Daughters of the Witching Hill was one of the best books I read all year. I don't know how I didn't read it before now, considering that Mary Sharratt is one of my favorite authors, but I'm glad I corrected the oversight.

This novel deals with the Pendle witch trials of 1613, near Lancashire, England. It is a beautifully written portrayal of the two women at the heart of the trials, Bess Southerns (AKA Mother Demdike, or Gran to Alizon) and her granddaughter Alizon Device. Told through their poi
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Brenda
Jul 31, 2010 rated it it was amazing
Recommends it for: those who are interested in historical witchcraft trials
Shelves: favorites
I once had a student tell me that we couldn't allow/encourage children or adults to read the Harry Potter novels in school because, if we did, we would have to start burning witches again! Instead of assigning Harry Potter, I think I would like to require students to read books based on actual witchcraft cases. I read transcripts of witchcraft trials when I was in middle school--and, even then, I was horrified by the irrationality and injustice of the prosecutors. I'm not sure how many of today' ...more
Laurie
Jul 13, 2011 rated it it was amazing  ·  review of another edition
This is one of the most engrossing and touching historical novels I’ve ever read. The characters are so vivid and the setting so well drawn that I felt I knew these people.

Set late in the reign of Elizabeth I and the earlier years of James I, the novel takes place in Lancashire, England in the Pendle Hill area. The protagonists are the family of Bess Southerns, a poor widow who has no land and no trade but her healing ability and some day labor. They live in stark poverty- almost nothing to eat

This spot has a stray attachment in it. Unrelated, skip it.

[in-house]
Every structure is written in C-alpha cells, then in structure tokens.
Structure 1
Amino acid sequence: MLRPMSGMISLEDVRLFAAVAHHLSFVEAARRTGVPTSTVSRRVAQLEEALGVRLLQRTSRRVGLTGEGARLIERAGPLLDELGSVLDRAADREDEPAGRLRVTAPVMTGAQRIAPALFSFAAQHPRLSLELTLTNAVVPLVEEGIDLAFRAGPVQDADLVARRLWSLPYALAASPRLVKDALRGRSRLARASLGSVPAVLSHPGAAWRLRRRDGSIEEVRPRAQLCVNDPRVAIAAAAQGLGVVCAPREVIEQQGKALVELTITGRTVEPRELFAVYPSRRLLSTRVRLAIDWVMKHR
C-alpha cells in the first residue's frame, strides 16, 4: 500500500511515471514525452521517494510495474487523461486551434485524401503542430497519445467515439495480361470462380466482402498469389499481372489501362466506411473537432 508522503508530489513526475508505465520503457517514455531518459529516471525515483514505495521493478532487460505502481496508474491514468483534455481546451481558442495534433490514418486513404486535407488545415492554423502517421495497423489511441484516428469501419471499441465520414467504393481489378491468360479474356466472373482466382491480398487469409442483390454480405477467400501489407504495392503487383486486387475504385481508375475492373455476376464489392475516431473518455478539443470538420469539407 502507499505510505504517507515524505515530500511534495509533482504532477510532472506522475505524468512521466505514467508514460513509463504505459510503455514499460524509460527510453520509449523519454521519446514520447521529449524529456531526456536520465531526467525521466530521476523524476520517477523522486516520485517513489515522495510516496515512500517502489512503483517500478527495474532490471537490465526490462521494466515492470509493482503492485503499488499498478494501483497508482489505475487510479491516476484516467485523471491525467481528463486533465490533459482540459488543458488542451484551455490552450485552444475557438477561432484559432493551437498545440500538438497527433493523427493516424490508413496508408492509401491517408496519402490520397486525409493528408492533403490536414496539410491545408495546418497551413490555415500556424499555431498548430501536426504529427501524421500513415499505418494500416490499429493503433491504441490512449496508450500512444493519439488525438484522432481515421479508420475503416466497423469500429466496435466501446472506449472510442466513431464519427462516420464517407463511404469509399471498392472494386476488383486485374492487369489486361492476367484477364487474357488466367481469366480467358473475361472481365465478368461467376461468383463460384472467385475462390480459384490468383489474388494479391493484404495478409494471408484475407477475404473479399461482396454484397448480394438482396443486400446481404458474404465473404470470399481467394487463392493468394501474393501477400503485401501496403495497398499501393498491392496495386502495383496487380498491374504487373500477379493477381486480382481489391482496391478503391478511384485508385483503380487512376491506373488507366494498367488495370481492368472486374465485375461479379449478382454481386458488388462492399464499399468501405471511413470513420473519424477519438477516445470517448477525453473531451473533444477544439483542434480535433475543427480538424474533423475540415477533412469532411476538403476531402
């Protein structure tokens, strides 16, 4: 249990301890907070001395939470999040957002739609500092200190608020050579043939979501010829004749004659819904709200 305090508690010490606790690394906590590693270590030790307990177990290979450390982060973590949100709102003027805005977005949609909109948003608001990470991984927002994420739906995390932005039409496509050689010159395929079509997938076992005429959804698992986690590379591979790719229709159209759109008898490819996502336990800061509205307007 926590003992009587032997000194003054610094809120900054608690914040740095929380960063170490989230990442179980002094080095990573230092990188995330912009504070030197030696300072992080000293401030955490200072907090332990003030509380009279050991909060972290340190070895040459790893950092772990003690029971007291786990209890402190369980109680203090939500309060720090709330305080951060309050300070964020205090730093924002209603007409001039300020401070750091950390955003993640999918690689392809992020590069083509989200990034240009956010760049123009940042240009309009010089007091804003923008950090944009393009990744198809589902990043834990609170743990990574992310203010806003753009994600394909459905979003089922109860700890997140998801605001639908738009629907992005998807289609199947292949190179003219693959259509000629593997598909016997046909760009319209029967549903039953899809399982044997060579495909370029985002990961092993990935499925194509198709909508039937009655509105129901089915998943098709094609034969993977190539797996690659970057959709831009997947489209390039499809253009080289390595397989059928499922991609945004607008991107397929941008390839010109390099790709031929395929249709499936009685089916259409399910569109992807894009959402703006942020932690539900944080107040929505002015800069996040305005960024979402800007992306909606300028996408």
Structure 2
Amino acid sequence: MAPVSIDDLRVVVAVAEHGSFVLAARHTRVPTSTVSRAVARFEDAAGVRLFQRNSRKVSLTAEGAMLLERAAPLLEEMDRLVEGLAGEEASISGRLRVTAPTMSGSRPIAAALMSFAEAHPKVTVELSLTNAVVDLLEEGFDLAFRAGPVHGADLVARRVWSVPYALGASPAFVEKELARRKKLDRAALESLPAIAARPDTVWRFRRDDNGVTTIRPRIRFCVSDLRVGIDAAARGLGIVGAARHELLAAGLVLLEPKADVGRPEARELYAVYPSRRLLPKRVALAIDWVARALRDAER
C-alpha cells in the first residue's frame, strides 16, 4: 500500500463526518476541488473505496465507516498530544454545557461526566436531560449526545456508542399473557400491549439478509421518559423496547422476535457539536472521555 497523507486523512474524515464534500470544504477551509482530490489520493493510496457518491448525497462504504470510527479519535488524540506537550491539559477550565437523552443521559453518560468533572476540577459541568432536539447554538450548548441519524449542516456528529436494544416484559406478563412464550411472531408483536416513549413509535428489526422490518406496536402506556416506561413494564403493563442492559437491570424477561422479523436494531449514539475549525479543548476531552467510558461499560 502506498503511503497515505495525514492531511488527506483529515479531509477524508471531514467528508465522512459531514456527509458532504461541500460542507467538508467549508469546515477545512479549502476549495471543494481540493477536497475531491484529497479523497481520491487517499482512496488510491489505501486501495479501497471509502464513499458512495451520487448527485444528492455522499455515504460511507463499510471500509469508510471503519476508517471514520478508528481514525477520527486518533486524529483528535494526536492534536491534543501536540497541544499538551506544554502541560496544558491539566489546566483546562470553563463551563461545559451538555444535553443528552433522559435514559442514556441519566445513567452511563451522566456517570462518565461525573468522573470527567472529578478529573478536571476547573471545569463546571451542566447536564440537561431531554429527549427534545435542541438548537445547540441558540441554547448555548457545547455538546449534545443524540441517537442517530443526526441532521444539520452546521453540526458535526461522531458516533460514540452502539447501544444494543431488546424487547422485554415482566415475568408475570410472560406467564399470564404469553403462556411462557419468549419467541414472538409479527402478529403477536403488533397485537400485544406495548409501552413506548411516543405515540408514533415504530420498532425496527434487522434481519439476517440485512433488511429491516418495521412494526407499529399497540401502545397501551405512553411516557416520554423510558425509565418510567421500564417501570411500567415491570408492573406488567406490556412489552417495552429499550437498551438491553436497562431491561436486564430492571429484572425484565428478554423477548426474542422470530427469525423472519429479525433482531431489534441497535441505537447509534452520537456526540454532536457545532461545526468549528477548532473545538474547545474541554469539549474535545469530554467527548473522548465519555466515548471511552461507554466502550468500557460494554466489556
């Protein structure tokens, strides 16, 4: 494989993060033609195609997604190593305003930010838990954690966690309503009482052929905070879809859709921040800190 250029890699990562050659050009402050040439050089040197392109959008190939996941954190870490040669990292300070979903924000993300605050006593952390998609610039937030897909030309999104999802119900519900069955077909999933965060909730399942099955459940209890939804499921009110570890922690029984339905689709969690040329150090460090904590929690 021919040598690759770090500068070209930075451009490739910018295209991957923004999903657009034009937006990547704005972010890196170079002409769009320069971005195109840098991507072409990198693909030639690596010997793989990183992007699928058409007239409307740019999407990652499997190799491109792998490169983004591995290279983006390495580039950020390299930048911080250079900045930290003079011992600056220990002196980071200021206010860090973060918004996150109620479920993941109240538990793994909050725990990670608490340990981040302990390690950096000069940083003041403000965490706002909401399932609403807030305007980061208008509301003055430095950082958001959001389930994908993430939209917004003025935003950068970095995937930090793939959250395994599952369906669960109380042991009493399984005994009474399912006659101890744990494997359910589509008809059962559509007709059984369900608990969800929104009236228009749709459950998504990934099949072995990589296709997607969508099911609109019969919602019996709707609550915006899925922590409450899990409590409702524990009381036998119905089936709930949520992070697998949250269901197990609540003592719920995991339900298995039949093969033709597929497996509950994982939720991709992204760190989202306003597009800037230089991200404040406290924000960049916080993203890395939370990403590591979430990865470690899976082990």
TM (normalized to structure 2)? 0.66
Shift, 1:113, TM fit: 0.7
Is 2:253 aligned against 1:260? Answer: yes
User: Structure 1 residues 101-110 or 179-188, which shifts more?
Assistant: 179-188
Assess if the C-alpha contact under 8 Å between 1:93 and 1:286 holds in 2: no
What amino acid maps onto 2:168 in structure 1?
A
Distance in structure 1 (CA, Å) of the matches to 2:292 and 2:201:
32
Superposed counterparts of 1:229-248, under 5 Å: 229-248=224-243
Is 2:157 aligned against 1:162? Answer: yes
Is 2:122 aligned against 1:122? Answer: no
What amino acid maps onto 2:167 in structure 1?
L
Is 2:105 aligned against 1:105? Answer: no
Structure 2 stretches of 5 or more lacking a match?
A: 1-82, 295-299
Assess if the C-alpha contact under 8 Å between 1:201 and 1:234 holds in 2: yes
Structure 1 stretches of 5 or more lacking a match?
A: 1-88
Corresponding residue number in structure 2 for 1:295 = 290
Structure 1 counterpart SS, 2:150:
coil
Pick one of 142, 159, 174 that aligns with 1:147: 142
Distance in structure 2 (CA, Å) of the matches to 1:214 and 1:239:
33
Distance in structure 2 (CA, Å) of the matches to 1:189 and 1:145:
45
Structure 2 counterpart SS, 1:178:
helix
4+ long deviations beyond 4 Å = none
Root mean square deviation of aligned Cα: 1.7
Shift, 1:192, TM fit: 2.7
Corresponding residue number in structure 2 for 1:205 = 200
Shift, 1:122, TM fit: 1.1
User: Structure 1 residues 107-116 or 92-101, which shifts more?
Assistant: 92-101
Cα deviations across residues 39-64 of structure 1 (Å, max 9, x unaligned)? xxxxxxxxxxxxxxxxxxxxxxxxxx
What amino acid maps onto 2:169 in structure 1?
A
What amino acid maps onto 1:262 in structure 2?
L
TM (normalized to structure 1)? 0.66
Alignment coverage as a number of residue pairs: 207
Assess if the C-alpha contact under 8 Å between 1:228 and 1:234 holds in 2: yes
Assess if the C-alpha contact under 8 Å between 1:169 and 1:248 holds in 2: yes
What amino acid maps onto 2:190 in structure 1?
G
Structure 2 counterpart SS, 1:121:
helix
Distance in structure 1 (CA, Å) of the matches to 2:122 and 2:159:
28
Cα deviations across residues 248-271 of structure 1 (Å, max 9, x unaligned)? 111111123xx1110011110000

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Amy
May 02, 2010 rated it really liked it
Shelves: fiction, read-in-2010
Although I rather enjoy historical fiction, I haven't read a great deal about this time period. For some reason, I tend to gravitate towards later years in history. So, I was interested in giving this novel a read since it sounded like a really interesting story.

It took me awhile to get into the book but once I began to get into it, it was fantastic. I think that it took me some time to warm up to the period of history and getting the 'lay of the land' with the novel. But, once I was able to get
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Kate Forsyth
Oct 09, 2017 rated it it was amazing
In the early 17th century, during the last years of the Elizabethan era, a witch craze hit Lancashire and a dozen men and women were brought to trial accused of black magic and Satanism. Six of the accused came from just two families who lived near to each other at Pendle Hill in Lancashire. Elizabeth Southerns (called Mother Demdike) was in her eighties, and was accused along with her daughter (also called Elizabeth) and her grand-children James and Alizon Device. A neighbour Annie Whittle (cal ...more